Tuesday, January 19, 2016

Judicial candidates invited to submit statements for publication on FWIW

This post is specifically directed at the current crop of Cook County judicial candidates and their campaign advisers.

Now that the primary is less than 60 days' away, each of you has begun thinking about broadening your base – getting support from voters who don’t know you yet.

Getting one’s message out to voters in a county as large as this one is a herculean challenge. Subcircuits may look a lot smaller on the map, but each covers a lot of ground, as those of you who’ve been walking door-to-door (weather permitting) will attest. The enormity of the task before you has become clear, whatever support you are already privileged to have. Each of you has a day job to keep up with – and, in your spare time, you’re still seeking endorsements, filling out questionnaires, and showing up at any event that will have you. You’ve undoubtedly noticed, at these events, that judicial candidates spend a lot of time seeing... each other. You may be getting around, but you’re not always around likely potential voters, at least you're not always around likely voters you haven’t already met.

I’d like to give you an opportunity to get your message directly to potential voters.

I will print any statement that any Cook County judicial candidate cares to make right here on For What It’s Worth. This is the fifth election cycle in which I’ve extended this invitation. In 2008, more than two dozen candidates took me up on this. In 2010 and 2012, only a few candidates did. In 2014 I had statements from eight candidates. I hope many of you will take advantage of this opportunity, but (subject to a few provisos, stipulations and rules that I will presently address) I will print what I get, whether I get five statements or 55. When I put up the Organizing the Data posts shortly before the primary, I will link back to any statements I’ve received, providing voters an additional chance to receive your message directly.

I make this offer because, when I ran for judge in 1994 and 1996, I would have given my right arm to have had such a forum.

Things were different, of course, back then: The Internet was still a largely undiscovered country. I think I was just learning how to use email in those days. But, today, you have the opportunity to reach nearly every single voter in Cook County without leaving your den. You can of course speak to voters directly on your own sites as well, but I am offering you an additional platform, an additional opportunity for voters to find out about you when they start searching the Internet for information about our upcoming judicial elections.

Candidates need only send me an email (that's a link to my email address; there's also a link you can find in the sidebar of this blog) with their essay.

You may be wondering what you should say. I don’t know that there is any “right” answer. You can send me a statement of personal philosophy, the stump speech you’ve always wanted to make, the pitch you’d like to make at every voter’s front door, your ‘closing argument’ to the electorate, or whatever else you think appropriate.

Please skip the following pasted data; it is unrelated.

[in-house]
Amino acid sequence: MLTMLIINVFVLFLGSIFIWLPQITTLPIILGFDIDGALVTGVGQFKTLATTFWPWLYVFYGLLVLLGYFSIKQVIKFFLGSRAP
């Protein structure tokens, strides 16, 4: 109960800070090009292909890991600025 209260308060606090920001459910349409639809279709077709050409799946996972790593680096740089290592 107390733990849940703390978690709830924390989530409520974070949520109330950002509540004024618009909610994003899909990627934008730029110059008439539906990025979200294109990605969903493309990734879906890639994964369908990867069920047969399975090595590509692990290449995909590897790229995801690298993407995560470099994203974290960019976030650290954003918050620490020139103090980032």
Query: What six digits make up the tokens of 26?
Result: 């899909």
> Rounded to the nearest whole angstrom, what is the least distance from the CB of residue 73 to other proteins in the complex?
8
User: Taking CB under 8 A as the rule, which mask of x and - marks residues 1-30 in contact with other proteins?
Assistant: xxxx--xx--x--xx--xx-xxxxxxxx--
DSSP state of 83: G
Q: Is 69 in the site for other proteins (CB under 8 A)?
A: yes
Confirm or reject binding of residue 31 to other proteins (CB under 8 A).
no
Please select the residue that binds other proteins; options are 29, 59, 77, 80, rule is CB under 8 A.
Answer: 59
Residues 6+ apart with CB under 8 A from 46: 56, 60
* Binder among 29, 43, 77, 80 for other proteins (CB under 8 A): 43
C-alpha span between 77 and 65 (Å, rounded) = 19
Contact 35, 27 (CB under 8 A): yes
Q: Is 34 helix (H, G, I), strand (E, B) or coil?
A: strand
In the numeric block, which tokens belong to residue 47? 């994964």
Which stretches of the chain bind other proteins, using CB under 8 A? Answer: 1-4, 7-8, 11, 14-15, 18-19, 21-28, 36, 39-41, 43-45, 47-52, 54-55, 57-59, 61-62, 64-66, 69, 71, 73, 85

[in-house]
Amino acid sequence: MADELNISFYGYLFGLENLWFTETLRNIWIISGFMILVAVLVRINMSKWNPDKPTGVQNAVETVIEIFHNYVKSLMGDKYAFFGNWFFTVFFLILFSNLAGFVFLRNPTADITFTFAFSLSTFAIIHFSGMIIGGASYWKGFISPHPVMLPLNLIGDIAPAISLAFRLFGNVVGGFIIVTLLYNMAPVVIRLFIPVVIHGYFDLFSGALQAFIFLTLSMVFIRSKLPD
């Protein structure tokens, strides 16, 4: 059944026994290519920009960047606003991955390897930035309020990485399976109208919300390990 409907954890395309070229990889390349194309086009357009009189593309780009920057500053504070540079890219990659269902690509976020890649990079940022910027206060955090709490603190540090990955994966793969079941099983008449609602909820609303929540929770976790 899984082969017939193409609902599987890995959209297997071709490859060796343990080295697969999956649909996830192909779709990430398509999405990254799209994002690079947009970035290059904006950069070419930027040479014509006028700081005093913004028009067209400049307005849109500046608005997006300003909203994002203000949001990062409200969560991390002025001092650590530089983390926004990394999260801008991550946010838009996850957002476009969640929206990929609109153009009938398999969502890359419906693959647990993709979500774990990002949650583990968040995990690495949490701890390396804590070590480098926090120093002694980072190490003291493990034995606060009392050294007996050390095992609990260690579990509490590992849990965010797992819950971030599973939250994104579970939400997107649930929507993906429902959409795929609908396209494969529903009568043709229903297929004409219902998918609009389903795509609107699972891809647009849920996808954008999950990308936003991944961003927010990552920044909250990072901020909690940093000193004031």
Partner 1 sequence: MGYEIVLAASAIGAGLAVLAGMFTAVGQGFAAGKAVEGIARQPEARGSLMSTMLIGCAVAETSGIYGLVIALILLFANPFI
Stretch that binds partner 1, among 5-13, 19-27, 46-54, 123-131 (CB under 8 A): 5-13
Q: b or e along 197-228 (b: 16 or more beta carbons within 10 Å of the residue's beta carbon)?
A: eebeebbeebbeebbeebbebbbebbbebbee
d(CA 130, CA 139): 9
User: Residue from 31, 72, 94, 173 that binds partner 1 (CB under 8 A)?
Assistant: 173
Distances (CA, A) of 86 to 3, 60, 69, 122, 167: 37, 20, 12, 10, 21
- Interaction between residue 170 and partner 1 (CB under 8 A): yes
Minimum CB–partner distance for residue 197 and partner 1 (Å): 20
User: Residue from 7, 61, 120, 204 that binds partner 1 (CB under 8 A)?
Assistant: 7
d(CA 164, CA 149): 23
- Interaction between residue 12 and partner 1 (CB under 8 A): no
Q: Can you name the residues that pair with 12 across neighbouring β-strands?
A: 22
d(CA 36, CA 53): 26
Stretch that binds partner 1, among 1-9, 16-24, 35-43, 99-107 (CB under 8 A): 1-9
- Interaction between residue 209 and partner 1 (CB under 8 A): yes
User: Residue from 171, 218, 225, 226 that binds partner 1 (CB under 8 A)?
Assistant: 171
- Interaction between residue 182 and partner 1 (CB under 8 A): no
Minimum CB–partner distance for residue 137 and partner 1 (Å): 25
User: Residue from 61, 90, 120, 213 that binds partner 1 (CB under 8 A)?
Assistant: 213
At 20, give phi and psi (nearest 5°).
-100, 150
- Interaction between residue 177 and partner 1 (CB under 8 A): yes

I’m not going to tell anyone what to say or how to say it. Looking back, I’m not sure what I would have said if I’d had a chance like this 20 years ago.

However, I would suggest, as my mother used to say, that you don’t make your own candle shine brighter by trying to blow out someone else’s. Tell voters why you should be elected, not why your opponent should not be.

I strongly suggest that it makes sense for you to put your statement in the first person (be personal, use “I” and “me”) because I will run your statement as your statement, under your byline, by Sally Smith, by John Jones. I know some of you are paying consultants to help you craft your message and there may be a temptation to simply delegate this task. Resist that temptation: Get feedback from your advisers before you send me anything (especially if you're paying for it anyway), but let your voice come through in your essay. I know writing such an essay won’t be an easy task: As lawyers, we’re used to advocating for a client -- for someone else. It’s not as easy to talk about ourselves. But this is an opportunity for you to define yourself, rather than be defined by questionnaire responses.

If I don’t already have your picture, send me a head shot. I’ll run your picture with the post. I will not edit candidate statements. I’ll print what you send. (That’s why I need an email, to verify what was sent, and by whom.) To see what other candidate statements have looked like, click on the “In Their Own Words” tag at the bottom of this post and start scrolling down. I will only put up one statement per candidate.

I realize some of you already have personal statements posted on your own campaign websites. If you ask me to run a substantially similar statement here, or even the same statement, I will do so. I will not pull statements from your site on my own, however. If you want me to put your statement here, you have to send me the statement.

I will begin accepting, and posting, candidate essays immediately. Because I will link to them from the Organizing the Data posts, there’s no advantage to delay. And if you do try and wait until the last minute, when I am working on those roundup posts, I may be unable to get your essay posted. I have a practice to attend to as well. To be on the safe side, if you’re interested, please get me your statement within the next 30 days.

I do not intend to impose any limit on the statement’s length; presumably you won’t want to compose anything overwhelmingly long. For illustration purposes, my word processor advises me that this post is about 1,000 words long.

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